if (compVal != 0)
            return compVal;
        else
            return firstCard.getSuit().value() - secondCard.getSuit().value(); 
    }
}

The following invocation sorts the deck of playing cards first by rank, then by suit:

StandardDeck myDeck = new StandardDeck();
myDeck.shuffle();
myDeck.sort(new SortByRankThenSuit());

However, this approach is too verbose; it would be better if you could specify what you want to sort, not how you want to sort. Suppose that you are the developer who wrote the Comparator interface. What default or static methods could you add to the Comparator interface to enable other developers to more easily specify sort criteria?

To start, suppose that you want to sort the deck of playing cards by rank, regardless of suit. You can invoke the StandardDeck.sort method as follows:

StandardDeck myDeck = new StandardDeck();
myDeck.shuffle();
myDeck.sort(
    (firstCard, secondCard) ->
        firstCard.getRank().value() - secondCard.getRank().value()
); 

Because the interface Comparator is a functional interface, you can use a lambda expression as an argument for the sort method. In this example, the lambda expression compares two integer values.

It would be simpler for your developers if they could create a Comparator instance by invoking the method Card.getRank only. In particular, it would be helpful if your developers could create a Comparator instance that compares any object that can return a numerical value from a method such as getValue or hashCode. The Comparator interface has been enhanced with this ability with the static method comparing:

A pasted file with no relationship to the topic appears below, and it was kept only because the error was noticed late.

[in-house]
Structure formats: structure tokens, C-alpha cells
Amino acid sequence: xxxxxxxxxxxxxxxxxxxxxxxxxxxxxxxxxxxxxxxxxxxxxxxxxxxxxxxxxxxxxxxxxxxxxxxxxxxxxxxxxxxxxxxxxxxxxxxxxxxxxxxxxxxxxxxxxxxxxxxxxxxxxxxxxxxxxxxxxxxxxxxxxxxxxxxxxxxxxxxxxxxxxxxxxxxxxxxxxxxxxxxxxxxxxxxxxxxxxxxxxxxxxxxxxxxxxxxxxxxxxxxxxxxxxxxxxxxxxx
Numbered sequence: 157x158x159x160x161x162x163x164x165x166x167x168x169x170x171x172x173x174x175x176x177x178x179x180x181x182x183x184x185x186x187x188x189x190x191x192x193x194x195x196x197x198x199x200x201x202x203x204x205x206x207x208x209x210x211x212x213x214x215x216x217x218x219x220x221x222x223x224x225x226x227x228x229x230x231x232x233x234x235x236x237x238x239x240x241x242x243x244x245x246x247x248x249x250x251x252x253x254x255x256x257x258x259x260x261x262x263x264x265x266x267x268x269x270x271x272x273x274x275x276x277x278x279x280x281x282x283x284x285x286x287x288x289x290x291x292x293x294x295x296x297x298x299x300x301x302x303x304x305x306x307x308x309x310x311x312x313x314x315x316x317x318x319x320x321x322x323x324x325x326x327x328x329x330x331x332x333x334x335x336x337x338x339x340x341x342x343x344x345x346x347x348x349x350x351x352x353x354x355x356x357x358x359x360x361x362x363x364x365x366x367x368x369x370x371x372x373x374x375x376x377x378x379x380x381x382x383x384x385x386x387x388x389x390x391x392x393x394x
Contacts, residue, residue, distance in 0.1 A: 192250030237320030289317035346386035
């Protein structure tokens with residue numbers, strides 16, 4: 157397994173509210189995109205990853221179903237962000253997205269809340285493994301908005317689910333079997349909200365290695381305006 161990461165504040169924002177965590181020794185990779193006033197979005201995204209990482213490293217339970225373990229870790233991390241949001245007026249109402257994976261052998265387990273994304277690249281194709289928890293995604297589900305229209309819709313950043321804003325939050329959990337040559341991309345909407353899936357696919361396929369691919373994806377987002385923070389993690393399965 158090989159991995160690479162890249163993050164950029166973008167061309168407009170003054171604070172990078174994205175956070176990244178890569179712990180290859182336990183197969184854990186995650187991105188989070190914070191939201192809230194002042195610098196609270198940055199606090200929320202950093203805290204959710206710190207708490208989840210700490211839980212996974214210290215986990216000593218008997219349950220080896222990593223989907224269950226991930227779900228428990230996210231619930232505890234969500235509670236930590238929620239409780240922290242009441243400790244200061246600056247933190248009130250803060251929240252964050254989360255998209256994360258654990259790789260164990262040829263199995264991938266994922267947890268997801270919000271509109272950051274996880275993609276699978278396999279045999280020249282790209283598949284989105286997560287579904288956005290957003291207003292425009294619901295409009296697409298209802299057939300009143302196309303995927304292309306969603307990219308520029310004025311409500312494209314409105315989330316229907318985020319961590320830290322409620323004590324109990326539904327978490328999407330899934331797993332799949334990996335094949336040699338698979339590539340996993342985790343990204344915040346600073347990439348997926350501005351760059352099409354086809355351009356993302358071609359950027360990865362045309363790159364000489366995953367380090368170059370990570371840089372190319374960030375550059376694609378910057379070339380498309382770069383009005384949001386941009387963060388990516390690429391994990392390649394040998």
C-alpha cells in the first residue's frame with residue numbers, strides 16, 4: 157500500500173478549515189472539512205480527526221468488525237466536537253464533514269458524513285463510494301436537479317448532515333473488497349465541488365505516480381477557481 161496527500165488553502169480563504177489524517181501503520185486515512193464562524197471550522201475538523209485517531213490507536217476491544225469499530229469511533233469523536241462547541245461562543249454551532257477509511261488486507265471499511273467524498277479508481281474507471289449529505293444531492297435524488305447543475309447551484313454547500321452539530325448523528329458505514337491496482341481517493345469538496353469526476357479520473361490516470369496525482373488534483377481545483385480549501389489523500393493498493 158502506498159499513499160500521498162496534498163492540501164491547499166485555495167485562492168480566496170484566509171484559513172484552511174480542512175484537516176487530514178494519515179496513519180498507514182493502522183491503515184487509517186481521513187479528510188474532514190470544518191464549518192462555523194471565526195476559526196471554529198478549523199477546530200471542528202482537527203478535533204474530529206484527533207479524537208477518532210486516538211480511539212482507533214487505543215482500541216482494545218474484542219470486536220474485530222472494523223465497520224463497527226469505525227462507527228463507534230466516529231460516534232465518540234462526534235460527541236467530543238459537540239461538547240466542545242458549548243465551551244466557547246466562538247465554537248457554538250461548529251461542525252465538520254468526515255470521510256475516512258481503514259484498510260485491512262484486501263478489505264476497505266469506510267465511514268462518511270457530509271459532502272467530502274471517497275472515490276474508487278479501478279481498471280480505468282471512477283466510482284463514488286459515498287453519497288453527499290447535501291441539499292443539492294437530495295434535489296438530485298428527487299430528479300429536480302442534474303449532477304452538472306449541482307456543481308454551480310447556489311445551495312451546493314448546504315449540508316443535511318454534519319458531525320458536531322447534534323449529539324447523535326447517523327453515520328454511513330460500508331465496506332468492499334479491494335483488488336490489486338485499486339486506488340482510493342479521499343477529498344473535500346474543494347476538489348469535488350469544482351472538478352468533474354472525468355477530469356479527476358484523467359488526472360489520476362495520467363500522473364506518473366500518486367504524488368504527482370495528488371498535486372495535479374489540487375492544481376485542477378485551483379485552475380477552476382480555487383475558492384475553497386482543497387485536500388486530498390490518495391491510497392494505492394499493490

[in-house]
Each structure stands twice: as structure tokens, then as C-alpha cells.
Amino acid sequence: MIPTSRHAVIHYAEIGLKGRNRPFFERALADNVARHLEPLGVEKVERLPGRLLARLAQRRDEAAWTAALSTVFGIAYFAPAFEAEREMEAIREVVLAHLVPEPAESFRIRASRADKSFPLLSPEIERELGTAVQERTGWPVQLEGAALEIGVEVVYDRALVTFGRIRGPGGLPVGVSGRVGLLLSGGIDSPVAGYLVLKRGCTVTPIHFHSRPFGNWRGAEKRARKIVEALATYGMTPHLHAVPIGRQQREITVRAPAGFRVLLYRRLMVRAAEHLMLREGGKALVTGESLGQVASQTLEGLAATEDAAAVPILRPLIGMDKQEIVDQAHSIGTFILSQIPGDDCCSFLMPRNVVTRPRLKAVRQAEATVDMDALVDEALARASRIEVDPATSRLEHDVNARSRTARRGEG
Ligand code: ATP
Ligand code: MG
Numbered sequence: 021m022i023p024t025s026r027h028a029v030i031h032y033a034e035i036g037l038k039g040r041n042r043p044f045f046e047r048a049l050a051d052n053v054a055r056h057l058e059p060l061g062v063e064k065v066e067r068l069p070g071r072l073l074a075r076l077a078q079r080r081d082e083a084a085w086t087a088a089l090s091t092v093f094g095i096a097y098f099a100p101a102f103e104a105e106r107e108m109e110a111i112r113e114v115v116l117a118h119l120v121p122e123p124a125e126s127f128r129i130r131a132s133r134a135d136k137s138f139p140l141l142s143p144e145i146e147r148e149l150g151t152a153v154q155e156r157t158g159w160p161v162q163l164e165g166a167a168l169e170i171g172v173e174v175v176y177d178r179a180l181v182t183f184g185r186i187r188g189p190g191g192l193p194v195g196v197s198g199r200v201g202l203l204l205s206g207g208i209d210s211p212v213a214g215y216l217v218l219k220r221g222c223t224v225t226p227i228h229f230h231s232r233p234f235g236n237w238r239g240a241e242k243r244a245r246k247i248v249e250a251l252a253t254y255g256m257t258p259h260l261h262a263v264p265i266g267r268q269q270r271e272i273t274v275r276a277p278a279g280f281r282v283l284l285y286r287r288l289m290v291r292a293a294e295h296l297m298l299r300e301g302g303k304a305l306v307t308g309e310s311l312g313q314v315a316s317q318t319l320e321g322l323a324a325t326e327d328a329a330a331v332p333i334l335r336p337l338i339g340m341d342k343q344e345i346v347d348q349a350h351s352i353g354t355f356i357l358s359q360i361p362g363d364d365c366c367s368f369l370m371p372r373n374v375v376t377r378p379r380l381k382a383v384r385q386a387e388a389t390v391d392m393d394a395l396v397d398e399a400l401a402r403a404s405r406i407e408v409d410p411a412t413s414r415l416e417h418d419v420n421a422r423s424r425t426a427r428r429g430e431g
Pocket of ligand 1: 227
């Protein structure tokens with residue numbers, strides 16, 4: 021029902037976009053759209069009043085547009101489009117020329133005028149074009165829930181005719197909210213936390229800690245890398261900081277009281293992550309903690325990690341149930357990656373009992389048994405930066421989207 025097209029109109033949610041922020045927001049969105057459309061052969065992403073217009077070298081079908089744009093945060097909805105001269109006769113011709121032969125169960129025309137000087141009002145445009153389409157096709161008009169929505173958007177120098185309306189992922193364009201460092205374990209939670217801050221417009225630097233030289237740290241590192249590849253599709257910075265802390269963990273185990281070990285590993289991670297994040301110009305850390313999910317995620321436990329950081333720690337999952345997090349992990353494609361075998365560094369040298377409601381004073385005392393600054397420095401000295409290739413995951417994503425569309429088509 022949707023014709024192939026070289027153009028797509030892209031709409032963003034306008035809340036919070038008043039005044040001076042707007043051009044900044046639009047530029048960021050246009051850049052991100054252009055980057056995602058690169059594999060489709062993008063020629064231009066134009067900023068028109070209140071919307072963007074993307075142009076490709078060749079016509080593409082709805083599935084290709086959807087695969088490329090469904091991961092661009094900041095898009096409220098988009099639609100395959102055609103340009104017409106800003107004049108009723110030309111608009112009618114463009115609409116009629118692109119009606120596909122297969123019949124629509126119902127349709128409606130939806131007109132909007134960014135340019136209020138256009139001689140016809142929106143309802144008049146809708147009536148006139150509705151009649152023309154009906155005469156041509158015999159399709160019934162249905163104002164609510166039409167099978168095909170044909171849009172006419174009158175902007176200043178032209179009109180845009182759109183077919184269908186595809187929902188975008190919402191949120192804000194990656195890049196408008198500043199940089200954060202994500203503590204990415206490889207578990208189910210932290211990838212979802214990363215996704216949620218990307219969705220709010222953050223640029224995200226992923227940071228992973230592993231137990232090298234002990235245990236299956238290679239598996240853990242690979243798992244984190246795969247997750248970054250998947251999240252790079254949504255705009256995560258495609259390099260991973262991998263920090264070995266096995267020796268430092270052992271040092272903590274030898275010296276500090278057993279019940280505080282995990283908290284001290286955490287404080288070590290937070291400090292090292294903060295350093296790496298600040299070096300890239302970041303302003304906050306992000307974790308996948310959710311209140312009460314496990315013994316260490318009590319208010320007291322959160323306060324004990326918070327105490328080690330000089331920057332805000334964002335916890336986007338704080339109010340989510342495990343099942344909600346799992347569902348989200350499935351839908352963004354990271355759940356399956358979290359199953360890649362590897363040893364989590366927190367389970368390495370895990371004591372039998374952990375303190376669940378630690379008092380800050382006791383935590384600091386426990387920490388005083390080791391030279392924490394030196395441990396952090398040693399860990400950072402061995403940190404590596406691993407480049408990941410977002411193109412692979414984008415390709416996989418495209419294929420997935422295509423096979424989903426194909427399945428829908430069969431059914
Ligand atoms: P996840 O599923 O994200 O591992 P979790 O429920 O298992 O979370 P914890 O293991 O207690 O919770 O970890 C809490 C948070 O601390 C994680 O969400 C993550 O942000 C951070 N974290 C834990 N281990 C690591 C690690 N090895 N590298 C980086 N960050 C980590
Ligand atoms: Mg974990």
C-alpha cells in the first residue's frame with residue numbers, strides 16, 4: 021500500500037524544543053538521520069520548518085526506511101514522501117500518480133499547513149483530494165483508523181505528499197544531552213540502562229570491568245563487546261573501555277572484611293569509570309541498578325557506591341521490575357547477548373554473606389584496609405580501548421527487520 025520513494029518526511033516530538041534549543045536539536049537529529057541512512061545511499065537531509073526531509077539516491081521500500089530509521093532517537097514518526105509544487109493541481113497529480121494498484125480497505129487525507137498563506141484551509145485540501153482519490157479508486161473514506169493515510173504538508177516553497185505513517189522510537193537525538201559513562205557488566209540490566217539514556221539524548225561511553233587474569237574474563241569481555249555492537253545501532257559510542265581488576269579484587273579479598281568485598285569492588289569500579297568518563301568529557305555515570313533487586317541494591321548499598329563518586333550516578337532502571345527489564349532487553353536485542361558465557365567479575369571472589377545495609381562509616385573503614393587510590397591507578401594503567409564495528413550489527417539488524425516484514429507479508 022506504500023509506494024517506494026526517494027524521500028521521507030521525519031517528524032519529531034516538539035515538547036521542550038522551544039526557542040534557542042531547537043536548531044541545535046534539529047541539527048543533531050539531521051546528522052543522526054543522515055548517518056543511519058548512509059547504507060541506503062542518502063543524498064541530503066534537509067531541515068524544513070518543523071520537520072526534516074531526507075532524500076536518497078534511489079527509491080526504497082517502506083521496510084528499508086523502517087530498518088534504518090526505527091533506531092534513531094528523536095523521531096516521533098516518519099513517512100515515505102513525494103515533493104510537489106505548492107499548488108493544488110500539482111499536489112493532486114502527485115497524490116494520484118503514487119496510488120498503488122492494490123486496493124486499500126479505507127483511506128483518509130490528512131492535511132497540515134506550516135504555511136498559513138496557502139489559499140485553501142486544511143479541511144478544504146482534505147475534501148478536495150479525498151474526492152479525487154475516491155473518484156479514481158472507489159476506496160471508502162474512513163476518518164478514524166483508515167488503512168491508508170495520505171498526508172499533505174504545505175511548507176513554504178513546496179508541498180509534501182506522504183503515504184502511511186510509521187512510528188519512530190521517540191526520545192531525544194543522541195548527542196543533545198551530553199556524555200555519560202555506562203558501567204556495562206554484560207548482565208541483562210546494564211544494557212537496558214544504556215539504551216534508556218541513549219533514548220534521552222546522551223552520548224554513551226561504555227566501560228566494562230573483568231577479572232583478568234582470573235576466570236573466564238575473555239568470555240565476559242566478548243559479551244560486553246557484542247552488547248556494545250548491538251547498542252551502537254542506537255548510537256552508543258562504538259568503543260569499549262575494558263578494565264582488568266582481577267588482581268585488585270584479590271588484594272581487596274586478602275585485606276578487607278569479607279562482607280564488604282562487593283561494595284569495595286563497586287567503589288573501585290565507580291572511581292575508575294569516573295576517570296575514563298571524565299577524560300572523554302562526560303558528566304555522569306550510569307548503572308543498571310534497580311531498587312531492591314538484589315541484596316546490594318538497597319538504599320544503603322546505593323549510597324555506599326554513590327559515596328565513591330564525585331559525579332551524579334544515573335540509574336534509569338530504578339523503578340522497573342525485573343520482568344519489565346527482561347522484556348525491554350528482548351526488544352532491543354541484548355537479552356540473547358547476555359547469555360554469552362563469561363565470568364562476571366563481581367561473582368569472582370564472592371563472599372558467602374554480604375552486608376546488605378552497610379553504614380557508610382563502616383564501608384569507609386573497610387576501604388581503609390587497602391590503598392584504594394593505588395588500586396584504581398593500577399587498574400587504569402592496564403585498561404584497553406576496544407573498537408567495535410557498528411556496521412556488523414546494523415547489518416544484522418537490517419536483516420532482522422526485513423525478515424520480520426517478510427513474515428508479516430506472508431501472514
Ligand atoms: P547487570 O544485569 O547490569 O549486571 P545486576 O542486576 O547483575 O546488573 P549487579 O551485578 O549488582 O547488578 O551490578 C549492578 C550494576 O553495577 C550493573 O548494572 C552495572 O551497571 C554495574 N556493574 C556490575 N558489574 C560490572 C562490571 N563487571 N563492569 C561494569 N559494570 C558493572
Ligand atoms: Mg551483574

myDeck.sort(Comparator.comparing((card) -> card.getRank()));  

In this example, you can use a method reference instead:

myDeck.sort(Comparator.comparing(Card::getRank()));  

This invocation better demonstrates what to sort rather than how to do it.

The Comparator interface has been enhanced with other versions of the static method comparing such as comparingDouble and comparingLong that enable you to create Comparator instances that compare other data types.

Suppose that your developers would like to create a Comparator instance that could compare objects with more than one criteria. For example, how would you sort the deck of playing cards first by rank, and then by suit? As before, you could use a lambda expression to specify these sort criteria: